January 30, 2018
In recent months, we have seen what can be described as a near collapse of the American celebrity pantheon as a result of countless reports of sexual assault.
With it rose the #MeToo movement: a call for the empowerment and support, both socially and legally, of women and men who are the victims of sexual assault.
We’ve seen evil conquered by good as the perpetrators of assault have been brought down.
A precedent for sexual assault cases was set Jan. 24 with the 175-year prison sentence for a former U.S. Olympic gymnastics team doctor after hearing testimonies from the 156 accusers.
The case was closed with Judge Rosemarie Aquilina saying, “I just signed your death warrant” after throwing the former doctor’s hollow apology letter from her stand.
In Hollywood, we’ve seen the likes of Harvey Weinstein fall from power, and in journalism, we’ve seen Matt Lauer fall. In government, lawmakers and congressman, like Al Franken, face the consequences of their exploited actions.
But a separate, less publicized issue also affects men and women alike that should be part of the #MeToo movement. That issue is stalking.
January is National Stalking Awareness Month, which is meant to raise awareness about stalking and resources to help victims. As the month closes out, it’s important to continue awareness and reflect on these resources to help.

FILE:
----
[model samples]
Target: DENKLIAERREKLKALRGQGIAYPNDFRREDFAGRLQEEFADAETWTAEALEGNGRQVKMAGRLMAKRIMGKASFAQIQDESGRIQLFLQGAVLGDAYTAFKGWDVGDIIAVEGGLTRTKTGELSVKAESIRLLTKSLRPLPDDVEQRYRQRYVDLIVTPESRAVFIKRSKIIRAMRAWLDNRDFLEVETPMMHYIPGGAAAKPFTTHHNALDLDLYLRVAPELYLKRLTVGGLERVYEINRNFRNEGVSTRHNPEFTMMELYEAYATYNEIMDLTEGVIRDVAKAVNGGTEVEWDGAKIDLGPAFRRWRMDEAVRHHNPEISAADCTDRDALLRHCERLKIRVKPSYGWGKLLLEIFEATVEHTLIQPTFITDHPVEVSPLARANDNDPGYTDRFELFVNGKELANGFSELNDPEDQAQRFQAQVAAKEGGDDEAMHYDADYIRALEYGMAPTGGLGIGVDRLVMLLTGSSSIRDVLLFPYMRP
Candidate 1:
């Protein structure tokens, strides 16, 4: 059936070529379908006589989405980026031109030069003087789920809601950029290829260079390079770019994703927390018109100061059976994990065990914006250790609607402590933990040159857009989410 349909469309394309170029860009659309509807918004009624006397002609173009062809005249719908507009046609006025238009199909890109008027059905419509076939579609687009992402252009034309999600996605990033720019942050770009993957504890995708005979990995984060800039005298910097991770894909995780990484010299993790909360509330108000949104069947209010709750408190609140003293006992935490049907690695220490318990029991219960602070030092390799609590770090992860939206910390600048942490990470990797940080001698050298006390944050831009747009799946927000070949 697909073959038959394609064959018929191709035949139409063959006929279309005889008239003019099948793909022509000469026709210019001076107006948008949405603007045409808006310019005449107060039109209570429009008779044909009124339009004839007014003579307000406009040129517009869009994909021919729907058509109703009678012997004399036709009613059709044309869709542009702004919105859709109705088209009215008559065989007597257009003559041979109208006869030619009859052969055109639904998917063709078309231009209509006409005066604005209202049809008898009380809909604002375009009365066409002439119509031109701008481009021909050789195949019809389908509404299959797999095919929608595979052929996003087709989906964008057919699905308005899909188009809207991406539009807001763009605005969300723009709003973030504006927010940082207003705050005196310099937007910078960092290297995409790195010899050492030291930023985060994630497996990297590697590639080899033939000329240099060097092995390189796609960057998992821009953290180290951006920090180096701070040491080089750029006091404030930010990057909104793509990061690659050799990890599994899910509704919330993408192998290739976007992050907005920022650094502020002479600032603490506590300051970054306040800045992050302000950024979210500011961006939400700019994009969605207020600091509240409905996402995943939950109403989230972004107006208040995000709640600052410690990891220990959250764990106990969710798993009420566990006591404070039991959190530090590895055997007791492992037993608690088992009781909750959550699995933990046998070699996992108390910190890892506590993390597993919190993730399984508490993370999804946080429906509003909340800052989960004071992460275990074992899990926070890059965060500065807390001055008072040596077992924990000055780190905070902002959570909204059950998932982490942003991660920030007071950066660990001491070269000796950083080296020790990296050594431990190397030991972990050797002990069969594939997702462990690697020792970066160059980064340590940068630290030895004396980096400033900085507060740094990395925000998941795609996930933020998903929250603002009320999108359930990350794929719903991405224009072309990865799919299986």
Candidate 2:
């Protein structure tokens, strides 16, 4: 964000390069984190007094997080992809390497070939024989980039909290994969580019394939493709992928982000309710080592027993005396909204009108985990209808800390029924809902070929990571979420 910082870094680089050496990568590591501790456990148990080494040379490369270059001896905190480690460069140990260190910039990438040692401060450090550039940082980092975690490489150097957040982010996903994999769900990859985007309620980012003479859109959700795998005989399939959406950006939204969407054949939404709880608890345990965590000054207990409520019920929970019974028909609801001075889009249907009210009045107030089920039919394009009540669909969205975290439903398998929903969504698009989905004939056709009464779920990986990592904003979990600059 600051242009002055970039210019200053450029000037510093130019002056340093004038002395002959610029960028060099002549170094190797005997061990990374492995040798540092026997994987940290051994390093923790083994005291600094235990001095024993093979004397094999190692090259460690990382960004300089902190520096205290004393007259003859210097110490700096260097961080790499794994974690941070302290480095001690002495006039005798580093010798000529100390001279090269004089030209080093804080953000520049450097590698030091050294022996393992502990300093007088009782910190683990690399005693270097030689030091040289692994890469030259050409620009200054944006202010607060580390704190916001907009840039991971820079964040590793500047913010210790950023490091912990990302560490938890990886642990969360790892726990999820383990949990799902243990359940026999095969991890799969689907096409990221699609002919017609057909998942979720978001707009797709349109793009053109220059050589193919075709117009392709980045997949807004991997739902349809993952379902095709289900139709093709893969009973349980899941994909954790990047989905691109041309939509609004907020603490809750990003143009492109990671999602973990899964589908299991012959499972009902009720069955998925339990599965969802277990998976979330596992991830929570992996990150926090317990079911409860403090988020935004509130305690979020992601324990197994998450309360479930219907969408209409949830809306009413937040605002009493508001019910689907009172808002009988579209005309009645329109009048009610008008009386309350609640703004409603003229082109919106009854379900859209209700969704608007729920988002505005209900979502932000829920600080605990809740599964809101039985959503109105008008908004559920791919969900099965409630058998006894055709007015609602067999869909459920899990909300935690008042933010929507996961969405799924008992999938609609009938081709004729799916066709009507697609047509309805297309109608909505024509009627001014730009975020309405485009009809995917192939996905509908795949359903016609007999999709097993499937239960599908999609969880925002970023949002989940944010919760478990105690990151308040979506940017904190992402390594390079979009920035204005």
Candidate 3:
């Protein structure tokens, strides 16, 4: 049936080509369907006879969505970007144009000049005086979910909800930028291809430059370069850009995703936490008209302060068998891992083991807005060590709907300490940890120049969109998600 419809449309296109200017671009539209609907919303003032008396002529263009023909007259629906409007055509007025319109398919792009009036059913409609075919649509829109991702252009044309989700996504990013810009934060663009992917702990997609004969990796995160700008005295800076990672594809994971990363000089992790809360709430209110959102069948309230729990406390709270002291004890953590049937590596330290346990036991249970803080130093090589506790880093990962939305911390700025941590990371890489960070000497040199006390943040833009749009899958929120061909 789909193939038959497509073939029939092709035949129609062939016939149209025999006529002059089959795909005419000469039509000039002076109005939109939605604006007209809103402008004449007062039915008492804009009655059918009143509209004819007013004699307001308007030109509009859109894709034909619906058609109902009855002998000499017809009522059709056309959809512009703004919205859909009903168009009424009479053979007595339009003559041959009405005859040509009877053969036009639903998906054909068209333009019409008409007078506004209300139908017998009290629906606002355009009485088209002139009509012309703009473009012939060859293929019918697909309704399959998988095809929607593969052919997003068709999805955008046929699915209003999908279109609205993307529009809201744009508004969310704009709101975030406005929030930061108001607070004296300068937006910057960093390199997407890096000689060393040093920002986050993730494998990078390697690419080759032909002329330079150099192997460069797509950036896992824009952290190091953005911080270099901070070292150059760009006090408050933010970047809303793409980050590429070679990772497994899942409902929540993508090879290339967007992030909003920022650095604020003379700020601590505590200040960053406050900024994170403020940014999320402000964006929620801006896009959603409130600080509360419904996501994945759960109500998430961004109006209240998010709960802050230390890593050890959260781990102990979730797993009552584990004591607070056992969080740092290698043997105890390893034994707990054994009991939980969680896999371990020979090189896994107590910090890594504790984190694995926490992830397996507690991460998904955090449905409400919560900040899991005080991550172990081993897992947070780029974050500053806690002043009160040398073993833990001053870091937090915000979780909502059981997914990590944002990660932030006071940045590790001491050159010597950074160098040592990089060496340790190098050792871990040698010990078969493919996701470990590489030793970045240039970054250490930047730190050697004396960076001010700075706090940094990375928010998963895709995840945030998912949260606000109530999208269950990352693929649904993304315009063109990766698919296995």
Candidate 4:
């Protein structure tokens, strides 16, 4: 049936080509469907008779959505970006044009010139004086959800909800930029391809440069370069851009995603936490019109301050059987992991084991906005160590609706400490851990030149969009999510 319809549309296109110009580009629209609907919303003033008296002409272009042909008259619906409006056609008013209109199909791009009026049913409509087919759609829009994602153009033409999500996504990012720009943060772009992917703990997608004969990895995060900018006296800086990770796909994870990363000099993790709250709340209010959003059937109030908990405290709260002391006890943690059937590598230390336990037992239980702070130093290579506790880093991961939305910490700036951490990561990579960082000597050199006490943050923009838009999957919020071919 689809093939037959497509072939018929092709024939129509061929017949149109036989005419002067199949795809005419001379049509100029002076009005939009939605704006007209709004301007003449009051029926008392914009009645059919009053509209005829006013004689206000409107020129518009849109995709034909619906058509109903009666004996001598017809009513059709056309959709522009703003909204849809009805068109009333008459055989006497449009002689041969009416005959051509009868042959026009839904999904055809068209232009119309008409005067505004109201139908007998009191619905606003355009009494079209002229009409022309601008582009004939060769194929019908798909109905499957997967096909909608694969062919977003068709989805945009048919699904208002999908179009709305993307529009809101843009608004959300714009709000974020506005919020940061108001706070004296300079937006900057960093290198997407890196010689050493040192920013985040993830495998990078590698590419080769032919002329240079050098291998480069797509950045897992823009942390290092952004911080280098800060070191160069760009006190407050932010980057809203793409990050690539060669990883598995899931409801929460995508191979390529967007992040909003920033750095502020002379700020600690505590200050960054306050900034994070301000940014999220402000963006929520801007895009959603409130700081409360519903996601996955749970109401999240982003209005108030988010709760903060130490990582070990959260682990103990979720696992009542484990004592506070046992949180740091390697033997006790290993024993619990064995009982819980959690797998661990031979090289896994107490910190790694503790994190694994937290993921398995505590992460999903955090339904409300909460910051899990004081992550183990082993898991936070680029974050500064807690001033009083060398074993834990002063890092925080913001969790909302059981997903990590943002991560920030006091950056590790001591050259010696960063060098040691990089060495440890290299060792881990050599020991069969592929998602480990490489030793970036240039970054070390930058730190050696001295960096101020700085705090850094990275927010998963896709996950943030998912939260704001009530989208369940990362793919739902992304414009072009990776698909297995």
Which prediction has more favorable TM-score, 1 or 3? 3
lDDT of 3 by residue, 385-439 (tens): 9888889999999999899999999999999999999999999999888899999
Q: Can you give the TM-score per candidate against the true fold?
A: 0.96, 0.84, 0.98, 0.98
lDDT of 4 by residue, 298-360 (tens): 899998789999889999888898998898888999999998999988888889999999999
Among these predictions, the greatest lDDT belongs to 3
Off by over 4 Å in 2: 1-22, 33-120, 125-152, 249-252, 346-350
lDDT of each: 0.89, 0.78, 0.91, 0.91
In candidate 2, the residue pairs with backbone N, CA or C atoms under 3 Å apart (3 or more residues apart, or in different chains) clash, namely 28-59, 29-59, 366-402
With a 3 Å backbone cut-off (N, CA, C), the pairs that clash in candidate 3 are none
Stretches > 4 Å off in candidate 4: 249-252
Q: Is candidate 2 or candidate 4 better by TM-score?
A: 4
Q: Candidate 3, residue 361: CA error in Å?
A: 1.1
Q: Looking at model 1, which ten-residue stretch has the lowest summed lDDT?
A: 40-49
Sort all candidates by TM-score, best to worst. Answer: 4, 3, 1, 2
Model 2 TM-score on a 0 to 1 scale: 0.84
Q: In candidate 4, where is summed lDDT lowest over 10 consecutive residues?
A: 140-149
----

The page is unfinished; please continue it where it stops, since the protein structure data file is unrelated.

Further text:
Around 7.5 million people experience an instance of stalking in the U.S. every year. Of that number, 15 percent are women and 6 percent are men, according to the National Center for Victims of Crime. Unfortunately,
We all have an idea of what stalking is. Someone develops an obsession over you, following your every move, violating personal space and maybe even manipulating you to get what they want.
At UCCS, stalking occurs indirectly or directly through another person based on sexual desire. According to the University of Colorado APS 5014, it is the action of “repeatedly following, approaching, contacting, placing under surveillance or making any form of communication with any person, a member of that person’s immediate family, or someone with whom that person has or has had a continuing relationship.”
Stalking is a rare occurrence at UCCS, but it does happen. In 2016, there were nine instances of stalking reported to UCCS Police, according to the 2017 Annual Security & Fire Safety Report.
Stalking can be a terrifying experience for those involved. The act is unwanted, nonconsensual and harmful to the victim. It’s important that we acknowledge the unfortunate events that occur with the act. It can look like someone following you, surveilling you with GPS, receiving unwanted gifts and other forms of intrusive behavior.
If you are a victim of stalking, what can you do?
Respect on Campus, UCCS’ interpersonal violence awareness program, offers several resources for what to do if you find yourself in this situation.
Make a stalking safety plan where you document all stalking behaviors. If your stalker is surveilling you through GPS to track you, protect your personal information. If you find yourself in imminent danger, go to a safe place, like a police station, a place of worship, a friend’s house or a shelter.
While these behaviors keep you safe, they unfortunately at times cannot be enough.
Let’s bring awareness to this issue and keep each other safe.
If you find yourself in a stalking situation, report it to UCCS Police at 255-3111, or visit the Office of Public Safety on the second floor of the Gateway Garage. Students can also report anonymously at secure.ethicspoint.com/domain/media/en/gui/14973/index.html.